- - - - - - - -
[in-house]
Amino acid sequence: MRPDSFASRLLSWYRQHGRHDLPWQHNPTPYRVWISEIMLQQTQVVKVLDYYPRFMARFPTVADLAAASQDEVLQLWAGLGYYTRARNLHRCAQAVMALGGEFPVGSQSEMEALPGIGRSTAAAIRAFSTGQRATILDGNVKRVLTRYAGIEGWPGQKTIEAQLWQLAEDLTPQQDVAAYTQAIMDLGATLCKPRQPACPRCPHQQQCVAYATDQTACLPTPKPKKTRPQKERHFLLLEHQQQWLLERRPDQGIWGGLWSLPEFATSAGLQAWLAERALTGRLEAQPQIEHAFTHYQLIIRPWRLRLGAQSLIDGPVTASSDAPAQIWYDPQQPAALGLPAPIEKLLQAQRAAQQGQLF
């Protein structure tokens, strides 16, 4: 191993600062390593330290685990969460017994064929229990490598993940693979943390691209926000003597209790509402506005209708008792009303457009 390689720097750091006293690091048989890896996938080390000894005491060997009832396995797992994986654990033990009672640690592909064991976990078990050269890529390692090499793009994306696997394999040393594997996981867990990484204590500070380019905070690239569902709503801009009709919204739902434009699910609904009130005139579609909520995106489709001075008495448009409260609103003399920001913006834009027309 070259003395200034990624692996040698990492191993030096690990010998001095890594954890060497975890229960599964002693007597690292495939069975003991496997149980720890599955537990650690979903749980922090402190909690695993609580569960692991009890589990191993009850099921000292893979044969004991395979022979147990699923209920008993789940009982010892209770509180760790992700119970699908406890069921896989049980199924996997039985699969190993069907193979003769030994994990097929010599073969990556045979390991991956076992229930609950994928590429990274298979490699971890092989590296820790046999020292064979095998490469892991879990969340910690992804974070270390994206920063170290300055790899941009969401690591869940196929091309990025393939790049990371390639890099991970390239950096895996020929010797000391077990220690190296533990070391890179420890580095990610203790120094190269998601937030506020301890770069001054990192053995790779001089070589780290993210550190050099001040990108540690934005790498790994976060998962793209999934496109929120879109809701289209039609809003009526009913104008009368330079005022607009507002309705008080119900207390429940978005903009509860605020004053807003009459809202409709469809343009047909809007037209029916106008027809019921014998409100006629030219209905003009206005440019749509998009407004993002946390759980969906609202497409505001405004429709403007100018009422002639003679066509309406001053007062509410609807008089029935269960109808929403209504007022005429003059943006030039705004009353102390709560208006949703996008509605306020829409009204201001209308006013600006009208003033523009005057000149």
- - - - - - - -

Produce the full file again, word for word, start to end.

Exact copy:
[in-house]
Amino acid sequence: MRPDSFASRLLSWYRQHGRHDLPWQHNPTPYRVWISEIMLQQTQVVKVLDYYPRFMARFPTVADLAAASQDEVLQLWAGLGYYTRARNLHRCAQAVMALGGEFPVGSQSEMEALPGIGRSTAAAIRAFSTGQRATILDGNVKRVLTRYAGIEGWPGQKTIEAQLWQLAEDLTPQQDVAAYTQAIMDLGATLCKPRQPACPRCPHQQQCVAYATDQTACLPTPKPKKTRPQKERHFLLLEHQQQWLLERRPDQGIWGGLWSLPEFATSAGLQAWLAERALTGRLEAQPQIEHAFTHYQLIIRPWRLRLGAQSLIDGPVTASSDAPAQIWYDPQQPAALGLPAPIEKLLQAQRAAQQGQLF
């Protein structure tokens, strides 16, 4: 191993600062390593330290685990969460017994064929229990490598993940693979943390691209926000003597209790509402506005209708008792009303457009 390689720097750091006293690091048989890896996938080390000894005491060997009832396995797992994986654990033990009672640690592909064991976990078990050269890529390692090499793009994306696997394999040393594997996981867990990484204590500070380019905070690239569902709503801009009709919204739902434009699910609904009130005139579609909520995106489709001075008495448009409260609103003399920001913006834009027309 070259003395200034990624692996040698990492191993030096690990010998001095890594954890060497975890229960599964002693007597690292495939069975003991496997149980720890599955537990650690979903749980922090402190909690695993609580569960692991009890589990191993009850099921000292893979044969004991395979022979147990699923209920008993789940009982010892209770509180760790992700119970699908406890069921896989049980199924996997039985699969190993069907193979003769030994994990097929010599073969990556045979390991991956076992229930609950994928590429990274298979490699971890092989590296820790046999020292064979095998490469892991879990969340910690992804974070270390994206920063170290300055790899941009969401690591869940196929091309990025393939790049990371390639890099991970390239950096895996020929010797000391077990220690190296533990070391890179420890580095990610203790120094190269998601937030506020301890770069001054990192053995790779001089070589780290993210550190050099001040990108540690934005790498790994976060998962793209999934496109929120879109809701289209039609809003009526009913104008009368330079005022607009507002309705008080119900207390429940978005903009509860605020004053807003009459809202409709469809343009047909809007037209029916106008027809019921014998409100006629030219209905003009206005440019749509998009407004993002946390759980969906609202497409505001405004429709403007100018009422002639003679066509309406001053007062509410609807008089029935269960109808929403209504007022005429003059943006030039705004009353102390709560208006949703996008509605306020829409009204201001209308006013600006009208003033523009005057000149």